George Osborne’s decision to cut the 50p tax rate for top earners has cost the Treasury around £100 million, according to an independent report.
New analysis by the Office for Budget Responsibility (OBR) confirms that it stands by its 2012 projection, which “estimated the measure would reduce receipts by £0.1 billion in 2013-14”. Osborne cut the tax rate to 45p for those earning over £150,000 at the same time as making swingeing cuts to public spending, in a move that was heavily criticised at the time.
Labour was committed to restoring the tax band to 50p under Ed Miliband and Ed Balls, a position that has been retained under the leadership of Jeremy Corbyn and Shadow Chancellor John McDonnell. Earlier this month, McDonnell pledged that Labour would bring down the deficit as he revealed a Fiscal Credibility Rule, which could be aided by the extra tax revenue from restoring the 50p tax.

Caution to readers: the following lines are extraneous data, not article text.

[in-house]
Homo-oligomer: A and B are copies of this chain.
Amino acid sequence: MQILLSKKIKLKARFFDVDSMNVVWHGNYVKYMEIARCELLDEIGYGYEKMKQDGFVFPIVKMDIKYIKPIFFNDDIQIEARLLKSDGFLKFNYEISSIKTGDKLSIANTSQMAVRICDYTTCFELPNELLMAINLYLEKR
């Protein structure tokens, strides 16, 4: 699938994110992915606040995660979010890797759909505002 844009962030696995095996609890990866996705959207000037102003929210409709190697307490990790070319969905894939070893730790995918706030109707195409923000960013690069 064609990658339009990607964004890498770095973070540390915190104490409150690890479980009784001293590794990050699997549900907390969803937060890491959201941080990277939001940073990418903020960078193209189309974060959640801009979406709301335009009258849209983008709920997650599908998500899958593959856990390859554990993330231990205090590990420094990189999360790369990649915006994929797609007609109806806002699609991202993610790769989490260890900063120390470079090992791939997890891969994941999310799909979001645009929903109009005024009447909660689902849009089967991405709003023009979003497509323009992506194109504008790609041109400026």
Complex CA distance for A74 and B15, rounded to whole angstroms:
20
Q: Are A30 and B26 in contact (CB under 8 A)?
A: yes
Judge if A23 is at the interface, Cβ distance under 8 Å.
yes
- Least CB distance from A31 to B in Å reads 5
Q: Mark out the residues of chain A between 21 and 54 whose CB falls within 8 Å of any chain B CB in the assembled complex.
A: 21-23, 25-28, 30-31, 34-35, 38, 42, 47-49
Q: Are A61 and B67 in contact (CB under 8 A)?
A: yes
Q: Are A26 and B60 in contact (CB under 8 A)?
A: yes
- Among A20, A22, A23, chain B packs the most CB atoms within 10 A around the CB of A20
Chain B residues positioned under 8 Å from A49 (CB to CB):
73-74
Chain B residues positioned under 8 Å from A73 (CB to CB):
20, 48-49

Shadow minister Jonathan Ashworth described the OBR report as “an embarrassing slap down for George Osborne.”
The latest Economic and Fiscal Outlook report from the OBR states:
“The March 2012 costing of the pre-announced reduction in the additional rate estimated the measure would reduce receipts by £0.1 billion in 2013-14. The extent of the income-shifting prompted by the preannouncement means it will never be possible to estimate the true cost with any confidence, but we believe the original costing remains a reasonable guide to its effect on receipts.”